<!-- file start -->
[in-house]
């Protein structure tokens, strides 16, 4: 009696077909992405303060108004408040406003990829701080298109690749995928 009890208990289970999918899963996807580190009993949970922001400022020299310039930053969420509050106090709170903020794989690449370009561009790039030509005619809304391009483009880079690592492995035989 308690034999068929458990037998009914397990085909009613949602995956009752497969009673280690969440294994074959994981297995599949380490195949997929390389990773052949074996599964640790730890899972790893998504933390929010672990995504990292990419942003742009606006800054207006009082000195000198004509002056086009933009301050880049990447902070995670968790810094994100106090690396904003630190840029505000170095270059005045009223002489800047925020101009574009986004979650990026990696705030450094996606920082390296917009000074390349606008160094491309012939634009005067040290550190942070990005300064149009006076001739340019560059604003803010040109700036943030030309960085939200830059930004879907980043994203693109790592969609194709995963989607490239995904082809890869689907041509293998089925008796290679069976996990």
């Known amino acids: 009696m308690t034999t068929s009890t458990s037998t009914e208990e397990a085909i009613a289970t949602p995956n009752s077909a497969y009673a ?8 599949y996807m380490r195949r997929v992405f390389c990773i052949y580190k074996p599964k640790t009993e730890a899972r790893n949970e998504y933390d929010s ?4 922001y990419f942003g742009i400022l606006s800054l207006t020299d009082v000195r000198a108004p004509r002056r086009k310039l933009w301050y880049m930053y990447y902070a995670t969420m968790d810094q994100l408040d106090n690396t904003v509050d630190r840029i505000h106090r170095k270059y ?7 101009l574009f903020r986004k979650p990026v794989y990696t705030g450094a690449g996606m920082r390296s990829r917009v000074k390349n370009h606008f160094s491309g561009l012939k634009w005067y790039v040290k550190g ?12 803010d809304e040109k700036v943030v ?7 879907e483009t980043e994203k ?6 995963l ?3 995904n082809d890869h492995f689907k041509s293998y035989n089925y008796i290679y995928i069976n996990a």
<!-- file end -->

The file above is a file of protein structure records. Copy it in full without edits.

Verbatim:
[in-house]
């Protein structure tokens, strides 16, 4: 009696077909992405303060108004408040406003990829701080298109690749995928 009890208990289970999918899963996807580190009993949970922001400022020299310039930053969420509050106090709170903020794989690449370009561009790039030509005619809304391009483009880079690592492995035989 308690034999068929458990037998009914397990085909009613949602995956009752497969009673280690969440294994074959994981297995599949380490195949997929390389990773052949074996599964640790730890899972790893998504933390929010672990995504990292990419942003742009606006800054207006009082000195000198004509002056086009933009301050880049990447902070995670968790810094994100106090690396904003630190840029505000170095270059005045009223002489800047925020101009574009986004979650990026990696705030450094996606920082390296917009000074390349606008160094491309012939634009005067040290550190942070990005300064149009006076001739340019560059604003803010040109700036943030030309960085939200830059930004879907980043994203693109790592969609194709995963989607490239995904082809890869689907041509293998089925008796290679069976996990």
């Known amino acids: 009696m308690t034999t068929s009890t458990s037998t009914e208990e397990a085909i009613a289970t949602p995956n009752s077909a497969y009673a ?8 599949y996807m380490r195949r997929v992405f390389c990773i052949y580190k074996p599964k640790t009993e730890a899972r790893n949970e998504y933390d929010s ?4 922001y990419f942003g742009i400022l606006s800054l207006t020299d009082v000195r000198a108004p004509r002056r086009k310039l933009w301050y880049m930053y990447y902070a995670t969420m968790d810094q994100l408040d106090n690396t904003v509050d630190r840029i505000h106090r170095k270059y ?7 101009l574009f903020r986004k979650p990026v794989y990696t705030g450094a690449g996606m920082r390296s990829r917009v000074k390349n370009h606008f160094s491309g561009l012939k634009w005067y790039v040290k550190g ?12 803010d809304e040109k700036v943030v ?7 879907e483009t980043e994203k ?6 995963l ?3 995904n082809d890869h492995f689907k041509s293998y035989n089925y008796i290679y995928i069976n996990a």